Nintendo Revolution Specs: Rainbows and Lollipops

Dammit, Jason. I was looking forward to reading the rest of this thread, but now you’ve made me feel guilty for sneaking in a QT3 break from work.[/quote]

Roger Wong
Magister mundi sum!

Joined: 14 Jun 2002
Posts: 2297
Location: The “Metrocube”, DS, Revolution, and PS3 Dept., Austin, TX.

–Dave :wink:

That was sort of what the Dreamcast did, memory wise, and it allowed the machine to makes some really good looking stuff.

The Revolution could get a lot of mileage if they pack it with memory.

Well, since it’s only supporting conventional TV’s, it’s not likely to really need the mongo power that the PS3 and Xbox 360 will have.

If it’s really a lot cheaper to develop for, they’ll probably get some interest from 3rd parties.

I wish they had something corresponding to MS’s Live Arcade for indie developers, though. The Rev controller would do a nice job on casual games. If Nintendo is really interested in attracting non-gamers, it seems a shame to miss out on the next Zuma or whatever.

The thing that amuses me is when I look at the specs for the PS3 and 360, they’re not really that impressive. Especially the 256MB of RAM in the PS3. If you tried that with a PC, it would be grinding your harddrive to dust all through the game. With no disc-cache to swap to, it’s going to put pressure on developers to be very memory conscious. And for what? It’s not like RAM is expensive these days.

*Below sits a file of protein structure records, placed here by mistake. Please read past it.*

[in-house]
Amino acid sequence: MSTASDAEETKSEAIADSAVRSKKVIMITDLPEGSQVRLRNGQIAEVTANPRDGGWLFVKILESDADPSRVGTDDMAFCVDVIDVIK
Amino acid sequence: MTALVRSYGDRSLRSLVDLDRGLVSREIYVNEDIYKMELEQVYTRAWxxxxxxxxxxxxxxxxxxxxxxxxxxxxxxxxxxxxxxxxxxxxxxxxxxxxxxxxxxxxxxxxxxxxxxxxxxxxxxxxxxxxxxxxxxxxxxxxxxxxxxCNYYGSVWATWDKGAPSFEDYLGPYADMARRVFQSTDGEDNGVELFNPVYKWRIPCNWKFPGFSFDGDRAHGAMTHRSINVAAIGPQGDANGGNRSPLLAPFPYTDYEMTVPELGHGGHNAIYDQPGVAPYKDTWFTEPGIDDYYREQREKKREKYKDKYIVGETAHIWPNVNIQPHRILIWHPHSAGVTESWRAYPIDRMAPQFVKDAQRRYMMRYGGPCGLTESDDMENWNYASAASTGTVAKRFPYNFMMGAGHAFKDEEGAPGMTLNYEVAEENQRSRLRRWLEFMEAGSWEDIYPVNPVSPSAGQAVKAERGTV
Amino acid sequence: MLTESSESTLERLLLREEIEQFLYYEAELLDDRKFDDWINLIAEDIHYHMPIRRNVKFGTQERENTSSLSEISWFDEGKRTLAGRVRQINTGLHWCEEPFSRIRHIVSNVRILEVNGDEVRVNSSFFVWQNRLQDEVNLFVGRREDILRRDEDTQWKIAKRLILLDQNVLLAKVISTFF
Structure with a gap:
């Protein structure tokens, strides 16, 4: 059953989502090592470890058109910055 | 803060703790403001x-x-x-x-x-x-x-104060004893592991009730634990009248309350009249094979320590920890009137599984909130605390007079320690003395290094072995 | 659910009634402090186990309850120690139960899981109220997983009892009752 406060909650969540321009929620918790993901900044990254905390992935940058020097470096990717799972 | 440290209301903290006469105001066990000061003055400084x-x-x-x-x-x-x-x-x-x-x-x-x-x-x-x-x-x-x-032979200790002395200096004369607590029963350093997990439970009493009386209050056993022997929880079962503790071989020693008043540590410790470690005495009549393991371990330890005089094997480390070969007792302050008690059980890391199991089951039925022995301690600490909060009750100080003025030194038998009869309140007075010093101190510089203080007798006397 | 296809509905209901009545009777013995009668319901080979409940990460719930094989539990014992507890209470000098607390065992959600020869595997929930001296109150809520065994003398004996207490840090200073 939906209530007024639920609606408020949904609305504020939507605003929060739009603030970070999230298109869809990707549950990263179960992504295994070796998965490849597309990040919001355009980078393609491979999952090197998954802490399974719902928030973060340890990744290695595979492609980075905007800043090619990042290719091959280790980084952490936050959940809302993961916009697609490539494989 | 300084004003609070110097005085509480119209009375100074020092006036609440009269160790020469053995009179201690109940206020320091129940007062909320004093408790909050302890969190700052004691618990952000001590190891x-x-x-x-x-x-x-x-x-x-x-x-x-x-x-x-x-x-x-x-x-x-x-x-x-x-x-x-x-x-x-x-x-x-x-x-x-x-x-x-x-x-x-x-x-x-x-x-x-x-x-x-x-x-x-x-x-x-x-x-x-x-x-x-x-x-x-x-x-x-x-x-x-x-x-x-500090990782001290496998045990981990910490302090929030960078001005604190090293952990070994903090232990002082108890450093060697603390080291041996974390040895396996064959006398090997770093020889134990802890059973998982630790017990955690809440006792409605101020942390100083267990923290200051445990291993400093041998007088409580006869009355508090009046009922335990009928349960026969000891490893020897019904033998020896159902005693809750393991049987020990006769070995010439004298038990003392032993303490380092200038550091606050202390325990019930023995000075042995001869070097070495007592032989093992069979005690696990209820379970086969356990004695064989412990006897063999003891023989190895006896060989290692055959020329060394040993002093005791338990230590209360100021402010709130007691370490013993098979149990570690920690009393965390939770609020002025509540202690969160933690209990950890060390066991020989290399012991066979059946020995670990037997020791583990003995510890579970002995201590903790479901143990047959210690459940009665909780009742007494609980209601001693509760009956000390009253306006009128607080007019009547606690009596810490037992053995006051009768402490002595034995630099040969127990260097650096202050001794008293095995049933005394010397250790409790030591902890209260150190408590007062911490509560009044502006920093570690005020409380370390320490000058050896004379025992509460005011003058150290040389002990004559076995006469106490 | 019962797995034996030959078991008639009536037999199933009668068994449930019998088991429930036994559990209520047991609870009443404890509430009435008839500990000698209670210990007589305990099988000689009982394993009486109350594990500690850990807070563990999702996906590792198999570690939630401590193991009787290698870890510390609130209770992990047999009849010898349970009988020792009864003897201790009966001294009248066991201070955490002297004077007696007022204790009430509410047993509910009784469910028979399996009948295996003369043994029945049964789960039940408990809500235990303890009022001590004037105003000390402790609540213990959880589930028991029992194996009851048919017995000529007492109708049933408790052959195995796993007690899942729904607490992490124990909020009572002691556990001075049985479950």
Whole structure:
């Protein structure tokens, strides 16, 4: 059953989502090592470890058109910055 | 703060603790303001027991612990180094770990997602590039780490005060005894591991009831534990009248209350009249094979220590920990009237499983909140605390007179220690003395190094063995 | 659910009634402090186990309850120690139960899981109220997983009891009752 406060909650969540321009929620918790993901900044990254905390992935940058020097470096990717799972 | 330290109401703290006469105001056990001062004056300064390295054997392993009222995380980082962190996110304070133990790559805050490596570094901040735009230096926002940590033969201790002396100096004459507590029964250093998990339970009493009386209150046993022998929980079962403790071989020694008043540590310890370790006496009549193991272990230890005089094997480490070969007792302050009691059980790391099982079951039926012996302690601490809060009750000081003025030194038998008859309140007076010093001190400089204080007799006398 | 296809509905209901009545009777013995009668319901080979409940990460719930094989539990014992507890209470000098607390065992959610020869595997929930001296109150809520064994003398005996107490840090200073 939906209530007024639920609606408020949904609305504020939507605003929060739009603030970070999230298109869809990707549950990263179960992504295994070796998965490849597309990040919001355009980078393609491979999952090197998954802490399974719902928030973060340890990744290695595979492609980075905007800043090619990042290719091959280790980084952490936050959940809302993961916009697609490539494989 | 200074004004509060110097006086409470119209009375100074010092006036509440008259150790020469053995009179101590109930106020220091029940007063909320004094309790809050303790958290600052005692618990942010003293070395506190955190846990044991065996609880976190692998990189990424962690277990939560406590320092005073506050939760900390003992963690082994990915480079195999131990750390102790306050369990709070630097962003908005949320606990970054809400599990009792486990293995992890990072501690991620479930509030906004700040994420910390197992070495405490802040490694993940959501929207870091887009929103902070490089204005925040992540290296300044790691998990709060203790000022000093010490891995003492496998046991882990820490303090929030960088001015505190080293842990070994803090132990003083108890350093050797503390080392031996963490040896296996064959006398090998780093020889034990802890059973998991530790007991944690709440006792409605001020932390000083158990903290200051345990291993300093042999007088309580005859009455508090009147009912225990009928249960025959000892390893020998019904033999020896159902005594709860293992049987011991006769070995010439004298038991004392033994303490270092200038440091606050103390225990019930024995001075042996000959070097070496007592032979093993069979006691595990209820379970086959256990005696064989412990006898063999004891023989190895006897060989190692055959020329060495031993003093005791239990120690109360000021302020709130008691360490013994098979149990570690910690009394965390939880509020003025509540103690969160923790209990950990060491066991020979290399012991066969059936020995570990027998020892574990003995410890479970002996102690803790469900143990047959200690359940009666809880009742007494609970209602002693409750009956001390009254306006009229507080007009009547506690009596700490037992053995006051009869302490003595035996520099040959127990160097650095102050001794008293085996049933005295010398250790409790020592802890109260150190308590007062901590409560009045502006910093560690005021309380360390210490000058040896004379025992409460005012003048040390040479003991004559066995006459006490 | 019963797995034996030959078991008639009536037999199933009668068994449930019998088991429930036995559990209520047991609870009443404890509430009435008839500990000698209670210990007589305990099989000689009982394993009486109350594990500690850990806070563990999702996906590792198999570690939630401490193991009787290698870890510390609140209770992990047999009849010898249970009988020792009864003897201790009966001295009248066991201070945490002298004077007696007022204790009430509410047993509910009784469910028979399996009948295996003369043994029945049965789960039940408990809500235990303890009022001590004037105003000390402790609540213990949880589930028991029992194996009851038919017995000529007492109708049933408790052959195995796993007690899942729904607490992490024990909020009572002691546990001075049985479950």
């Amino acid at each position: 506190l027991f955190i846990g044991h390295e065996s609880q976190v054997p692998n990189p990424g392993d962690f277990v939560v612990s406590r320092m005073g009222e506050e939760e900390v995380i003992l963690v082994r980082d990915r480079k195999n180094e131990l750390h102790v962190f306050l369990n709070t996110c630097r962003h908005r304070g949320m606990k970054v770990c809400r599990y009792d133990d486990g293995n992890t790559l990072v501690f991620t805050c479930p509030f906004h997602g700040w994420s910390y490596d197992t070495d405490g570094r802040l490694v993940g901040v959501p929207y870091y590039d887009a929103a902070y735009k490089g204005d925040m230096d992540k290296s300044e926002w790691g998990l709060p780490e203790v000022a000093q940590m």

The PS3 has 512 MB total RAM. 256 system XDR memory + 256 video gddr3. The GPU and CPU can both address all 512 MBs, it’s just not a unified bus like the Xbox 360.

I think Nintendo’s lesson in the current generation was that specs aren’t enough to compete. The GC is (roughly) better than the PS2 and worse than the XBox, but it didn’t see the level of third party support needed to directly compete with either. Yes, it does get some ports, but people buy GCs for the first party games.

Given that, why spend the money to try to fight in the same arena as Sony and Microsoft? Better to define a different arena and keep the price down so that people see a Revolution as a good addition to their PS3 or XB360, rather than a replacement.

Given that D3D on a PC basically keeps a system memory copy of most resources, a more reasonable comparison is to a 512MB system RAM PC with 256MB VRAM.

Yeah, that’s “possible” but the liklihood is almost rediculous. They have the same chip designers (IBM and ATI) as Microsoft, the same fab partners. And with things like notebook computers and such, we pretty much know how big something has to be to dissipate how many watts of heat.

The 360 is surprisingly large (though it’s sleek and has a nice optical illusion of looking smaller than it is), it’s heavy, and it gets HOT even with the power supply outside of the main system. That’s what happens when you have a 165 million transistor CPU at 3.2GHz and a 300M transistor GPU, plus half a gig of fairly fast GDDR3. There’s just no getting around that.

Revolution might be able to use a 65nm process, depending on when it’ll come out, but that will only help so much.